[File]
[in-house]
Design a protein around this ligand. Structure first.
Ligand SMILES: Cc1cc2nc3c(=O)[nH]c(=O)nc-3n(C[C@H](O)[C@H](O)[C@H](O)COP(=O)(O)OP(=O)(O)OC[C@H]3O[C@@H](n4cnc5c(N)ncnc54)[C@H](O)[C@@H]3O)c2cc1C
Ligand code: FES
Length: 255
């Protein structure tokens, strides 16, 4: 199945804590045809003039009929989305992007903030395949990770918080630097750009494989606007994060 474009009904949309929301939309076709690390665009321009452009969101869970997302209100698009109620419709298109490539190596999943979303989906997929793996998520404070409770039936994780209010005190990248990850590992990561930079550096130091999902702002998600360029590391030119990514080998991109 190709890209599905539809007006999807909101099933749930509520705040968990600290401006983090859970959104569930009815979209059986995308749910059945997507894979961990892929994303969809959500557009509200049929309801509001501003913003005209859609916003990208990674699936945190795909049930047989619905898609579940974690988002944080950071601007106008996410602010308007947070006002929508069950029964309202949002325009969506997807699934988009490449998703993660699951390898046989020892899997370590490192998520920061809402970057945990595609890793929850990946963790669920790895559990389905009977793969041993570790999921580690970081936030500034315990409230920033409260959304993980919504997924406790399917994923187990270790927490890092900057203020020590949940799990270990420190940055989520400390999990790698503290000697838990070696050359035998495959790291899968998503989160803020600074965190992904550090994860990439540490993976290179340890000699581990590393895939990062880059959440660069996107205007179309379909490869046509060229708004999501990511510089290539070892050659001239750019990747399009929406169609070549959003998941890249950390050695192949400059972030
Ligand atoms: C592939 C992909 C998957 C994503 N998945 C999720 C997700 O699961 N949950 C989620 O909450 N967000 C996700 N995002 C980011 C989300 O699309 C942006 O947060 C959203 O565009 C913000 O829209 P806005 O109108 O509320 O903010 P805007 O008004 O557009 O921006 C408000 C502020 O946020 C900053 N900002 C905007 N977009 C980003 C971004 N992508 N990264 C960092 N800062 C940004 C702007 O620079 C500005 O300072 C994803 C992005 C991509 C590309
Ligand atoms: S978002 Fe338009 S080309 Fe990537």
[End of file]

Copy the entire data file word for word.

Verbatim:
[in-house]
Design a protein around this ligand. Structure first.
Ligand SMILES: Cc1cc2nc3c(=O)[nH]c(=O)nc-3n(C[C@H](O)[C@H](O)[C@H](O)COP(=O)(O)OP(=O)(O)OC[C@H]3O[C@@H](n4cnc5c(N)ncnc54)[C@H](O)[C@@H]3O)c2cc1C
Ligand code: FES
Length: 255
């Protein structure tokens, strides 16, 4: 199945804590045809003039009929989305992007903030395949990770918080630097750009494989606007994060 474009009904949309929301939309076709690390665009321009452009969101869970997302209100698009109620419709298109490539190596999943979303989906997929793996998520404070409770039936994780209010005190990248990850590992990561930079550096130091999902702002998600360029590391030119990514080998991109 190709890209599905539809007006999807909101099933749930509520705040968990600290401006983090859970959104569930009815979209059986995308749910059945997507894979961990892929994303969809959500557009509200049929309801509001501003913003005209859609916003990208990674699936945190795909049930047989619905898609579940974690988002944080950071601007106008996410602010308007947070006002929508069950029964309202949002325009969506997807699934988009490449998703993660699951390898046989020892899997370590490192998520920061809402970057945990595609890793929850990946963790669920790895559990389905009977793969041993570790999921580690970081936030500034315990409230920033409260959304993980919504997924406790399917994923187990270790927490890092900057203020020590949940799990270990420190940055989520400390999990790698503290000697838990070696050359035998495959790291899968998503989160803020600074965190992904550090994860990439540490993976290179340890000699581990590393895939990062880059959440660069996107205007179309379909490869046509060229708004999501990511510089290539070892050659001239750019990747399009929406169609070549959003998941890249950390050695192949400059972030
Ligand atoms: C592939 C992909 C998957 C994503 N998945 C999720 C997700 O699961 N949950 C989620 O909450 N967000 C996700 N995002 C980011 C989300 O699309 C942006 O947060 C959203 O565009 C913000 O829209 P806005 O109108 O509320 O903010 P805007 O008004 O557009 O921006 C408000 C502020 O946020 C900053 N900002 C905007 N977009 C980003 C971004 N992508 N990264 C960092 N800062 C940004 C702007 O620079 C500005 O300072 C994803 C992005 C991509 C590309
Ligand atoms: S978002 Fe338009 S080309 Fe990537």